Fantastic Beasts and Where to Find Them, review: ‘Fast, funny, entertaining’
- Credit: Archant
It is all you enjoyed in the Harry Potter films, but faster and funnier and with action set pieces a little more animated than extended stick pointing, but without so much of the talky bits.
If JK ever seriously thought that she was done with Potter, if she ever thought that she was out, 2016 has been the year that they dragged her back in, showed her that there would be no walking away from this.
There was the theatre event which she supported and now a spin off movie. The Bros Warner couldn’t let Harry go when it hadn’t even cracked $8 billion at the worldwide box office.
Originally Fantastic Beasts was a Comic Relief spin off, a version of a textbook that was mentioned in the first Harry Potter book. Now it’s become a five part prequel series, which she will write herself.
There is, of course, one great big massive advantage to all this. Unlike the book adaptations, this 133 minute film is filled with around 126 minutes (allowing 6 to 7 minutes for the end credits) of plot, spread evenly but never quite thinly across its running time, rather than the year-at-Hogwarts, 5/6/7 hundred pages, that they tried to cram into the Harry Potter And films.
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Given a more or less empty page to start all over again she has headed for 1926 New York, where our new hero Newt Scamander (Eddie Redmayne) turns up with a briefcase full of fantastical beasts that keep escaping and causing havoc, before getting mixed up in a scheme to provoke war between the magic and human community.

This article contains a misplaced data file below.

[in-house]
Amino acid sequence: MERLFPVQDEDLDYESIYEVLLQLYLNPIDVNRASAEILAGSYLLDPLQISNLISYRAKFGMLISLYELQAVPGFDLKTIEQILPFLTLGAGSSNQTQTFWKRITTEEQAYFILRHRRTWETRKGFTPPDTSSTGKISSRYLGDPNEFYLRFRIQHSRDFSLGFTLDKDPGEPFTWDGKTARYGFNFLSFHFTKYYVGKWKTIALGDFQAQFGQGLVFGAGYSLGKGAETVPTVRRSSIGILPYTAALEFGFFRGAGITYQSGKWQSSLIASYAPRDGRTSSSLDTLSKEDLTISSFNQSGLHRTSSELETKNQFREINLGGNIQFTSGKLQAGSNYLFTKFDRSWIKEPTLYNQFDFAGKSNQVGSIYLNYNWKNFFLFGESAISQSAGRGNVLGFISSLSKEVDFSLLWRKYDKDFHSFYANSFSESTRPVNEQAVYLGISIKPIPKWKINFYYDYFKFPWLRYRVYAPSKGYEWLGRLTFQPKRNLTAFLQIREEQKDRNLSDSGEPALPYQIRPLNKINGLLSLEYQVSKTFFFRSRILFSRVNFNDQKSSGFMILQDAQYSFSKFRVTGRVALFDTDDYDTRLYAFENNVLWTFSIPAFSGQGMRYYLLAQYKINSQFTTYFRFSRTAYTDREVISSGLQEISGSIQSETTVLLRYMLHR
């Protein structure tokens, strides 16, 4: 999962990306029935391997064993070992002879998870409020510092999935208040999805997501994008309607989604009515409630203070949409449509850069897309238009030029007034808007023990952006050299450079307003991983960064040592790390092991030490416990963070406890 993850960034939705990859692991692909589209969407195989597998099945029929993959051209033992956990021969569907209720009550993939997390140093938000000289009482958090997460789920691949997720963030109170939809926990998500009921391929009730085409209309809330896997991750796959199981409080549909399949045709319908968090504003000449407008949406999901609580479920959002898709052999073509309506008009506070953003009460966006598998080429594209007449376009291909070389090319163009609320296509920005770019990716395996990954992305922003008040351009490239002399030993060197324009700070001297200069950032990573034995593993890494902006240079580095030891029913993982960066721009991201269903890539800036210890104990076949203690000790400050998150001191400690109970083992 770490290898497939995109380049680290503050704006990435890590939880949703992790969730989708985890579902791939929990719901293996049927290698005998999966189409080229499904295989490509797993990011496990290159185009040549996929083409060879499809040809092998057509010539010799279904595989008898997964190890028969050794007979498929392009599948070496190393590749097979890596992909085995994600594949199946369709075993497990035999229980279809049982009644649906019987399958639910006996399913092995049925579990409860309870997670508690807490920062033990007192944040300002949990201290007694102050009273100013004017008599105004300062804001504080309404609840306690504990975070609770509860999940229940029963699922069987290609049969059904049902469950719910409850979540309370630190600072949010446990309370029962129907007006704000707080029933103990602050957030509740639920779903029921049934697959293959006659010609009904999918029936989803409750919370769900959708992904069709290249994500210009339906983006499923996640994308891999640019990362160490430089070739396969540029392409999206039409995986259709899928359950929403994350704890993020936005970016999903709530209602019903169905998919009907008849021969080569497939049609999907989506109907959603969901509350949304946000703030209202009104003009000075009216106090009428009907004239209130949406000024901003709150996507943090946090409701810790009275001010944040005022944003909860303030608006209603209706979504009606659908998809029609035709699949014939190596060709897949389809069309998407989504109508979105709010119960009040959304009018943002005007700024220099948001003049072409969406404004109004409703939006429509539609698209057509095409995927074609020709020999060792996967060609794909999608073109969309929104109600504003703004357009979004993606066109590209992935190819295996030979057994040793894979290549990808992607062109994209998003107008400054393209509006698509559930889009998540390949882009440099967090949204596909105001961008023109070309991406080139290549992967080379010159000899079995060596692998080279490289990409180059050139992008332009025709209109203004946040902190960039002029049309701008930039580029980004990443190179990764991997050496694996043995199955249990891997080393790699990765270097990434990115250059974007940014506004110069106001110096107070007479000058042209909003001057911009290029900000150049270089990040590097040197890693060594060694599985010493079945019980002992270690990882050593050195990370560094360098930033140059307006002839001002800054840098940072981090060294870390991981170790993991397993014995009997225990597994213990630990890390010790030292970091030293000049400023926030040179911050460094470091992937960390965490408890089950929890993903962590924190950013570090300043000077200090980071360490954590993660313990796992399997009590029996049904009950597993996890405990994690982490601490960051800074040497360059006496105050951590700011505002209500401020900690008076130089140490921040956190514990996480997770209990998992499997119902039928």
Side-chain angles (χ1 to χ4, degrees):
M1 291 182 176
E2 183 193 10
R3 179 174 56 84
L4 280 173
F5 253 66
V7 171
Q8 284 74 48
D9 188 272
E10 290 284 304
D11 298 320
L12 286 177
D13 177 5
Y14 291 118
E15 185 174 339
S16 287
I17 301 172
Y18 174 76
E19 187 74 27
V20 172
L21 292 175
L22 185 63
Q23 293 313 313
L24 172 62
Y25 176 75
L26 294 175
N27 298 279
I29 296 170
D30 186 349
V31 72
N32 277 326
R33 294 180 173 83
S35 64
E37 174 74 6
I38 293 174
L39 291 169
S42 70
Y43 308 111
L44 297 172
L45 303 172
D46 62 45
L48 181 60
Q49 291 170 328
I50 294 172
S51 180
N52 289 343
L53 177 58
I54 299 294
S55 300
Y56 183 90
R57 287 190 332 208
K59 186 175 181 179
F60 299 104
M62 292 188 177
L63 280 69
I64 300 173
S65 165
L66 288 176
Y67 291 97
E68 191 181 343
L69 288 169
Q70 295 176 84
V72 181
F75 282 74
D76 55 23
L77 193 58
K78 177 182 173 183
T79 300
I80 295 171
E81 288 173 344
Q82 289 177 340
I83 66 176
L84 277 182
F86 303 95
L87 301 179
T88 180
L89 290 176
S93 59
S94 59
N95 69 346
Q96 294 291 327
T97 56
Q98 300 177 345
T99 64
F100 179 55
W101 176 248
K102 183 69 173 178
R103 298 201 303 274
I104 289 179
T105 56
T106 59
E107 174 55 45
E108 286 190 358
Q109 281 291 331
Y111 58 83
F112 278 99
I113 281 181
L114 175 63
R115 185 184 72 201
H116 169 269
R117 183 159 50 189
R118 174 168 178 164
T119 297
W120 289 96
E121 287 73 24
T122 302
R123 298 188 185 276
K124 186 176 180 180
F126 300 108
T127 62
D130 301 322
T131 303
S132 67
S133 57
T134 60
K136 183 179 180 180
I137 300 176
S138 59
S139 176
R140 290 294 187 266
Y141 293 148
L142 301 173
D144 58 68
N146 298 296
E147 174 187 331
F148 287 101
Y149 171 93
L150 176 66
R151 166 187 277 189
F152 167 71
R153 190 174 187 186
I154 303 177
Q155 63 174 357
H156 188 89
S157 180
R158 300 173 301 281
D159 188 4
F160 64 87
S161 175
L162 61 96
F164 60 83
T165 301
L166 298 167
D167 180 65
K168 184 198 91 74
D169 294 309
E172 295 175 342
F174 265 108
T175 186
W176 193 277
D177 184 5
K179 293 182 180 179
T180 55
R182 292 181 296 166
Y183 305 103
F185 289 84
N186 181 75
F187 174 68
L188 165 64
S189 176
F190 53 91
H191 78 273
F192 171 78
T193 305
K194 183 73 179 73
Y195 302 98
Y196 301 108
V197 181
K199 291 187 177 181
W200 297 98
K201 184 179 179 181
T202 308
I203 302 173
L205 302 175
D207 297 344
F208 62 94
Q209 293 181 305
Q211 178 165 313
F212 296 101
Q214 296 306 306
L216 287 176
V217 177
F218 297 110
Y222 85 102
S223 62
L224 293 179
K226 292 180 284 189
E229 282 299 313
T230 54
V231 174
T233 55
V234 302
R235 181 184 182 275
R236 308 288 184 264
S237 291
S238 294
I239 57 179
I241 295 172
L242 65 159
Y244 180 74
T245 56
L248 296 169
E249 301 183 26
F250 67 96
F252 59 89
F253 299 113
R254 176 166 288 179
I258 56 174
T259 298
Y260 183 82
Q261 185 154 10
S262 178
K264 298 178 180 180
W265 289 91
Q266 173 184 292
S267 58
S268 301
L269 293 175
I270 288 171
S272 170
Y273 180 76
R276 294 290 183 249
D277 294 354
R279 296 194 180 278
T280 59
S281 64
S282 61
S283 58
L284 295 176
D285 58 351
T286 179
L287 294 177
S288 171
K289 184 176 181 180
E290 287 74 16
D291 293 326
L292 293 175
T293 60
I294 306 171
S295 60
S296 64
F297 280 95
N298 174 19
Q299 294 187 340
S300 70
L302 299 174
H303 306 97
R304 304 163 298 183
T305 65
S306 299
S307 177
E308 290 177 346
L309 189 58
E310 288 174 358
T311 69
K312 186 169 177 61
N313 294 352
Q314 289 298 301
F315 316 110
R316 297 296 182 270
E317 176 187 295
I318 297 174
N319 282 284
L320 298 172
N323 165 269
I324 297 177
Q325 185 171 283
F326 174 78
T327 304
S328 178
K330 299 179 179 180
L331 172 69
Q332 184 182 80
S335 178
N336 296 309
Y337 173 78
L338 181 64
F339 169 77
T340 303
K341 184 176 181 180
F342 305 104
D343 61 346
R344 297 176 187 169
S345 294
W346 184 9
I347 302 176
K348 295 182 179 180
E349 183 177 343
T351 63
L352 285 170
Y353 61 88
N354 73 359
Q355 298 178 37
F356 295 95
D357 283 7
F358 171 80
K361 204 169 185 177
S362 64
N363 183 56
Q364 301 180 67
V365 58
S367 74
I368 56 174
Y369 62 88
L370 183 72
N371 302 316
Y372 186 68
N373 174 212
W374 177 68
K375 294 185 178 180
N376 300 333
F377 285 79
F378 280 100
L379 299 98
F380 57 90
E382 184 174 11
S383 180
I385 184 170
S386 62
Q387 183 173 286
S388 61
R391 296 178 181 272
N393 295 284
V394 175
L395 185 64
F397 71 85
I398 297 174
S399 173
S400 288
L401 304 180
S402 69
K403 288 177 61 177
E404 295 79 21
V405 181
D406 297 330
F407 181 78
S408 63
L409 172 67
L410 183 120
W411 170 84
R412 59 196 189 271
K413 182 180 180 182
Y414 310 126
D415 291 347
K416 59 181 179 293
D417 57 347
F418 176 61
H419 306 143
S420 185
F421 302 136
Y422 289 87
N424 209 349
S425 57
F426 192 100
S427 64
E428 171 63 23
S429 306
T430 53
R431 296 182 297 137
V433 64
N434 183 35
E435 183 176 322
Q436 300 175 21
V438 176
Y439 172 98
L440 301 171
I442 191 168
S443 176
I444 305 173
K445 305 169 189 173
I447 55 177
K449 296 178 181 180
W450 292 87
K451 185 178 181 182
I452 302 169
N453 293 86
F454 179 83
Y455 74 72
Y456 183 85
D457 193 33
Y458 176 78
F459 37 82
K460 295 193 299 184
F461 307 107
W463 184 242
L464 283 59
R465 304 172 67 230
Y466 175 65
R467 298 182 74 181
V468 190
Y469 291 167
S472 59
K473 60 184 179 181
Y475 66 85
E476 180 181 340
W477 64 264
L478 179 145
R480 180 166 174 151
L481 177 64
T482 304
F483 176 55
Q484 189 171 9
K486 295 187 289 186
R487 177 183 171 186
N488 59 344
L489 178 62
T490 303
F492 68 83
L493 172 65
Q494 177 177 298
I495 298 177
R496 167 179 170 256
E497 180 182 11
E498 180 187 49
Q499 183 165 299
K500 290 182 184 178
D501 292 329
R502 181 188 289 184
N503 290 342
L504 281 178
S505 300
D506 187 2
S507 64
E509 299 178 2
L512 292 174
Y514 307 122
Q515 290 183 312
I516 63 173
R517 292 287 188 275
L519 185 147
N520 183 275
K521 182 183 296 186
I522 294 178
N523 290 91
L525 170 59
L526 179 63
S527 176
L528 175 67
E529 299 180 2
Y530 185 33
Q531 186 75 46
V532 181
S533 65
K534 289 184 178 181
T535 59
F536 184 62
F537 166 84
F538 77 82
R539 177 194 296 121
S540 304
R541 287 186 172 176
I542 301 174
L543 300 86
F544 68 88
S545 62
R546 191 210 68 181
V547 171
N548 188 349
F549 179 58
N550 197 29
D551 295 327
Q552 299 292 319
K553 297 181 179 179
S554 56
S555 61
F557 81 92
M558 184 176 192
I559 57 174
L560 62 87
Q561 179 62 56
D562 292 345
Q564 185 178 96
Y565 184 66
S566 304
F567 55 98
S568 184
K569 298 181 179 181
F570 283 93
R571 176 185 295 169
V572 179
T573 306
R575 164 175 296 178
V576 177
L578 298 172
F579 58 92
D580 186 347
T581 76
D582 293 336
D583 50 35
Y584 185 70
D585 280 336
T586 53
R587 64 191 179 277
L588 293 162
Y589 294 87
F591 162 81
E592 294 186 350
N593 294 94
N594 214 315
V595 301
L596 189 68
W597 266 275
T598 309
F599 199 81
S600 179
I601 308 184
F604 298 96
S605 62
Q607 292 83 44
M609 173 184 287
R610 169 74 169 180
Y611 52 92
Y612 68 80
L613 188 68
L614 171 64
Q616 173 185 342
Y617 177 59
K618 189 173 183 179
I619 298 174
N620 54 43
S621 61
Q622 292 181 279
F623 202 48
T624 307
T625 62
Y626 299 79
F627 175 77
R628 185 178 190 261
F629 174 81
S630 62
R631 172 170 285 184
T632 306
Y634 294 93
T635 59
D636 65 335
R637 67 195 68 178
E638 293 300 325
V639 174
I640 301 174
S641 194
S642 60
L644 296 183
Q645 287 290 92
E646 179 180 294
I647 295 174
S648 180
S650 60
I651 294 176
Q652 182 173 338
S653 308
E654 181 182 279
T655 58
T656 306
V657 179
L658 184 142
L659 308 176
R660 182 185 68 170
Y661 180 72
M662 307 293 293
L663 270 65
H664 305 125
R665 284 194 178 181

It’s hardly a bold reinvention but it plays safe with assurance and confidence. It is fast and funny and entertaining,
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It is all you enjoyed in the Potter films, but faster and funnier and with action set pieces a little more animated than extended stick pointing, but without so much of the talky bits.
The downside of all this is that apart from the usual Potter bits of colour, it is a fairly standard, generic, blockbuster special effects romp.
If the idea of a Potter film with grown ups in doesn’t appeal then don’t worry – Newt is basically a child in an adult’s body.
There is a tentative romantic link with female lead Katherine Waterston, but what passes between them is so chaste it could barely pass as puppy love.
I doubt she’ll be receiving so much as a peck on the cheek before the end of the fourth film. Scamander is one part David Attenborough, one part Nu Who, and about three parts precocious child prodigy who tries very hard not to let people know how very pleased he is with himself.
He is a rather too obvious incarnation of the English eccentric but Redmayne clicks instantly in the role.
There is a new grown up gang of helpers to support him and they gel together rather well, especially Dan Fogler in the comic role of Kowalski, the muggle (or in this case no-maj) who gets mixed up in their adventure.
This is the first time I think that muggles and wizards have really interacted positively in these films.
As you’d expect of Rowling the politics of the film are straightforward progressive liberal: our villain is trying to helter skelter them into a race war between the muggles and magic; the main source of the disturbance is closet case wizard, whose mother has made him ashamed of his real nature.
She even has a line about there being a silly rule in the States not allowing marriage between the two sides. Yet the Potter stories, like most YA fiction, seem to me inherently elitist.
What is Hogwarts if not the most exclusive public school ever? In this new film the magic community in the states exist in the shadows, hidden in plain sight, shape shifting to avoid exposure and using mass brainwashing techniques to stop the public from seeing the truth.
So beneath the liberal rhetoric, the story could be made to play into every paranoid, right wing fantasy out there.